Grieving Mother Sends Grave Warning After Hike Ends in Teen's Death
FIfteen-year-old Reid Comita loved the Boy Scouts.
His mother, Copper Comita, told CBS News, “Every time he walked through that door, he was very excited to show me, ‘Look what I got mom!’”
In fact, Reid was only one badge away from receiving the coveted title of Eagle Scout. So he signed up for a beginner-level backpacking trip to earn his final badge.
However, Reid somehow ended up in a group that took him on a difficult trail in 99-degree weather. While he trooped through West Texas wilderness, the young teen developed heatstroke.
He eventually collapsed after a 7-mile hike spent lugging a hefty backpack. Paramedics couldn’t reach him, and first responders had to airlift him out.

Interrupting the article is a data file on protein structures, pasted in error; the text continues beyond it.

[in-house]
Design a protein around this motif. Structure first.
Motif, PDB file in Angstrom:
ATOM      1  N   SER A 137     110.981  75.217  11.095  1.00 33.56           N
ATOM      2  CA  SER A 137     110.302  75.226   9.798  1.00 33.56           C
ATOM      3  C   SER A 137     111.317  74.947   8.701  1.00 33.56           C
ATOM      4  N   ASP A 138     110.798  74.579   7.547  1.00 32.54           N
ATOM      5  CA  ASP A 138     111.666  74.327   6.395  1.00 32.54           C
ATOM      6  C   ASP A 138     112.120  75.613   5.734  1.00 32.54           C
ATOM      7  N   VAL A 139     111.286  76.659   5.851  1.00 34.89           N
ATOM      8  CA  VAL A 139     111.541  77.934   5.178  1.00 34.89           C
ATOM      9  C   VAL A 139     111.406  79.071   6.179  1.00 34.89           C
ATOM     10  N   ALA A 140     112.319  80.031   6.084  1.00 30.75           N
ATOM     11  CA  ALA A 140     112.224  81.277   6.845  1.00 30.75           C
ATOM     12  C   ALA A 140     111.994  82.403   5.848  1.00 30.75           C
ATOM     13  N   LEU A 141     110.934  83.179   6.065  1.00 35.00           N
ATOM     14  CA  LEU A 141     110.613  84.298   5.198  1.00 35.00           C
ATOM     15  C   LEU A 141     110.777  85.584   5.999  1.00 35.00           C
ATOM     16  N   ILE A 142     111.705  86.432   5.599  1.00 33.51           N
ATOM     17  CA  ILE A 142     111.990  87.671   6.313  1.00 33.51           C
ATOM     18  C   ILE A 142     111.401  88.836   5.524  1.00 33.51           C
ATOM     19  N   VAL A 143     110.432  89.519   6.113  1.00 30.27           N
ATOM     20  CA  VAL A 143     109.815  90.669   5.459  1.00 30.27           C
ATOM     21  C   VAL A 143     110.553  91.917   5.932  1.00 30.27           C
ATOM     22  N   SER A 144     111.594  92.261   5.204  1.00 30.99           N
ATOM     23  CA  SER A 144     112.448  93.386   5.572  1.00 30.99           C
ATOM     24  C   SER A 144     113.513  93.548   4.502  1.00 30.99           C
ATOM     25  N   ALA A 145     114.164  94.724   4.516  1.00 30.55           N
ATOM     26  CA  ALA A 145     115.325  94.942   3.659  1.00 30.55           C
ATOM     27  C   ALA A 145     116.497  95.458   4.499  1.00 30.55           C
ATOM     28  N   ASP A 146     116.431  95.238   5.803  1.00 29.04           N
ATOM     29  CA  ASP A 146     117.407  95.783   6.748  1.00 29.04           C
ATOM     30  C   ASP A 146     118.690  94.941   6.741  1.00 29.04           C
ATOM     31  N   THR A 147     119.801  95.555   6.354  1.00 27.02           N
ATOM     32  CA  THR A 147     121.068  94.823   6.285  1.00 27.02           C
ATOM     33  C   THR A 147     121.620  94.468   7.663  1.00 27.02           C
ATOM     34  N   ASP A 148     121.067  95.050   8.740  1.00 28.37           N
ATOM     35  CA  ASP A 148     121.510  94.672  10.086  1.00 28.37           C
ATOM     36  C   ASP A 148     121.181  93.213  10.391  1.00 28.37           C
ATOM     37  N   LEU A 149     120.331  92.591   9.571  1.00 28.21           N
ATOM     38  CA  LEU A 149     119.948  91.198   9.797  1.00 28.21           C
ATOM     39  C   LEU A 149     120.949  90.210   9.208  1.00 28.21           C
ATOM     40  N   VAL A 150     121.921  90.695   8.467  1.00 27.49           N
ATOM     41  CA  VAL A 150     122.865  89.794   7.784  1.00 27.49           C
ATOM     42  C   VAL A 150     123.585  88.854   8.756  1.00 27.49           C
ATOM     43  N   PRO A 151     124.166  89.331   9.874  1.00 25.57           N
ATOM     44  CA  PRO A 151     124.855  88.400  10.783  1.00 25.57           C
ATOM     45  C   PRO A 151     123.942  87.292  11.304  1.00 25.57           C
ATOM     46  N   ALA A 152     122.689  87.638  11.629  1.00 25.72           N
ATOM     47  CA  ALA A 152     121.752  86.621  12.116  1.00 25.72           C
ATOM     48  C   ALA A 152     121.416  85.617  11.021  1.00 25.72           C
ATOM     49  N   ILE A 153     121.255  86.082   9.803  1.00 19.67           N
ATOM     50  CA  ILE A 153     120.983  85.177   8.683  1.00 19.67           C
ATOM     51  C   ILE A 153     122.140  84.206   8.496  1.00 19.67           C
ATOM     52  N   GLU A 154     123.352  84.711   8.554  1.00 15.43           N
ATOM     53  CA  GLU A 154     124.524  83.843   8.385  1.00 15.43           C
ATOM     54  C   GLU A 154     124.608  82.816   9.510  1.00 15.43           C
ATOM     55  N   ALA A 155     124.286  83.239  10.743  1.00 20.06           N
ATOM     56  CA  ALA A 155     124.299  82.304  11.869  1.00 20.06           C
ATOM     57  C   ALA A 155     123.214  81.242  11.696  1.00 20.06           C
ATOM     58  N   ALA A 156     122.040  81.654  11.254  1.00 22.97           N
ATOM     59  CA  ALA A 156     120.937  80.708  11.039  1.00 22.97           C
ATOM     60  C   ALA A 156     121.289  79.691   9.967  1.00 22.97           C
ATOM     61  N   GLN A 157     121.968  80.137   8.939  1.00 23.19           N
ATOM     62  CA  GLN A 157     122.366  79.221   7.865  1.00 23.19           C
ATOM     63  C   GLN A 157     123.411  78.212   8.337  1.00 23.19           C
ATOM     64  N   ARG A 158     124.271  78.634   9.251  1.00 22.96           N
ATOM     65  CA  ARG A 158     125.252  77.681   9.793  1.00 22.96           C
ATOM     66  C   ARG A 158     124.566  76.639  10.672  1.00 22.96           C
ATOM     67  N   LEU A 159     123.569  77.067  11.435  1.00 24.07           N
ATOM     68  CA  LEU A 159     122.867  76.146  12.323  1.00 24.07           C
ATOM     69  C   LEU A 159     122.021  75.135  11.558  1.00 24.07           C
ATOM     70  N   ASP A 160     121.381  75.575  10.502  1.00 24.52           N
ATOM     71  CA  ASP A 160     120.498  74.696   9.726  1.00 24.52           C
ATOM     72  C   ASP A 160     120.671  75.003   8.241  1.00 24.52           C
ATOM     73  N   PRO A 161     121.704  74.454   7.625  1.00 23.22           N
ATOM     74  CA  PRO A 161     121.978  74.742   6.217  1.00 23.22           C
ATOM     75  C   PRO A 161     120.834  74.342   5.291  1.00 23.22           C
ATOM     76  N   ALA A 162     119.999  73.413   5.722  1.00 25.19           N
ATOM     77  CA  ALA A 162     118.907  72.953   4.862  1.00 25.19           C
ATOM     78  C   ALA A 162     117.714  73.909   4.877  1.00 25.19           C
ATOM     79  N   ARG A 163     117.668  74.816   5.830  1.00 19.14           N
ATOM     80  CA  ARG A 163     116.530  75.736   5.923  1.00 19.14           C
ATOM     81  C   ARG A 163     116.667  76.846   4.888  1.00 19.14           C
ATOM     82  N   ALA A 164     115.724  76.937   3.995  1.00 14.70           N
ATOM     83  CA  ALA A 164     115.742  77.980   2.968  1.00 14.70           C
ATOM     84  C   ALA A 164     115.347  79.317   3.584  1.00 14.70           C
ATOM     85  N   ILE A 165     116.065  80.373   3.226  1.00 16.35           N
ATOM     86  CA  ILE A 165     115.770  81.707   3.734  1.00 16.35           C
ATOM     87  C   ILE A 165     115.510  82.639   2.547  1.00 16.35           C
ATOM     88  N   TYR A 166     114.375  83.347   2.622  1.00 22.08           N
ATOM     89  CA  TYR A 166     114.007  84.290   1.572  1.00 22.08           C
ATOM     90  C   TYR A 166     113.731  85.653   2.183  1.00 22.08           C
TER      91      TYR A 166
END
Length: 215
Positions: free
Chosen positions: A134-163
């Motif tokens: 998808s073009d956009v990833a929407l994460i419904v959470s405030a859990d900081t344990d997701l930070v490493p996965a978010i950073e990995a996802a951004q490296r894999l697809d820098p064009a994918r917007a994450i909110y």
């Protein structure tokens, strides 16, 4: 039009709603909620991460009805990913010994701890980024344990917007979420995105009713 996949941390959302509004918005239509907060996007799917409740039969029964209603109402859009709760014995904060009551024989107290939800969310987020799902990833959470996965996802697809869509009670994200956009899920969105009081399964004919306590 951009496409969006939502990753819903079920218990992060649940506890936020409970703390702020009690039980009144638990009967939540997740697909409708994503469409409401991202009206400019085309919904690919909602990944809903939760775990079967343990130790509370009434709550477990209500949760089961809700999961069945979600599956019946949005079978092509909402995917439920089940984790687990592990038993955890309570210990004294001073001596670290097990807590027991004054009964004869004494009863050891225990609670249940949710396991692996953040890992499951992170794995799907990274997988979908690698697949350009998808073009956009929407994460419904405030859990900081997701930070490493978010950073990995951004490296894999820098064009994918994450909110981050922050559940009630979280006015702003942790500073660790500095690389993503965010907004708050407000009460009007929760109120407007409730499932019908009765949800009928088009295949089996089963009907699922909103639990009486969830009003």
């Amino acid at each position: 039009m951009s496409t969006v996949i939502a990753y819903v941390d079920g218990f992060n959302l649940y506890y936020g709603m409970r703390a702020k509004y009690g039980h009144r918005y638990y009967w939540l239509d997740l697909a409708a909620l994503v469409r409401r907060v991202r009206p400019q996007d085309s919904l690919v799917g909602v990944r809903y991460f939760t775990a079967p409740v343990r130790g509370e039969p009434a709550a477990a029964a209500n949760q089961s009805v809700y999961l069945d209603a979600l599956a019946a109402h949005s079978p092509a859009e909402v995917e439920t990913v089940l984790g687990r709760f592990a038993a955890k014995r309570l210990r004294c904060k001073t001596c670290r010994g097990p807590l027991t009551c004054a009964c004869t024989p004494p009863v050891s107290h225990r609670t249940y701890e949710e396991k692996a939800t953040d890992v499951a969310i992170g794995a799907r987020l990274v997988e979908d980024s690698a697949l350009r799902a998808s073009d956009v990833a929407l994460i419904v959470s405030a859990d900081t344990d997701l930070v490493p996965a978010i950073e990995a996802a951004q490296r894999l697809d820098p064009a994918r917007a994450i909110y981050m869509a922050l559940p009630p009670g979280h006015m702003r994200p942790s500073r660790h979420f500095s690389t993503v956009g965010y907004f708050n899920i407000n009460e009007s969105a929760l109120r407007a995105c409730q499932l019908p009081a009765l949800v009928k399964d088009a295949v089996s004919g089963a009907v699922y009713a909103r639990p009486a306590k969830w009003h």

The intervention came too late. Reid died from heatstroke.
Over a year and a half after the tragic event, Copper Comita has started a heat-stroke-awareness campaign.
Part of her efforts involves simply making people aware.
“Heat stroke can affect anybody put in a position of excessive heat,” she told KDFW.
“Heat stroke can be preventable in more cases than not. But once you cross that threshold from heat exhaustion to heat stroke it is very hard to come back from.
“You can quickly go from a headache, stomach ache, profusely sweating, to extreme nausea vomiting, no sweating, confusion.”
So what should you do if you find yourself experiencing those symptoms?
One solution is to get out of the heat. Another involves drinking more water, although that works better if you’ve imbibed beforehand.
“Morning you start isn’t when you hydrate,” Copper explained. “Hydrate a few days ahead of time.”
Of course, no amount of outreach will bring Reid Comita back. Yet his mother has said that she’s found some solace in attempting to help others.
“It’s nice to be able talk about him without crying,” she said. “I spent the first year and a half crying.”
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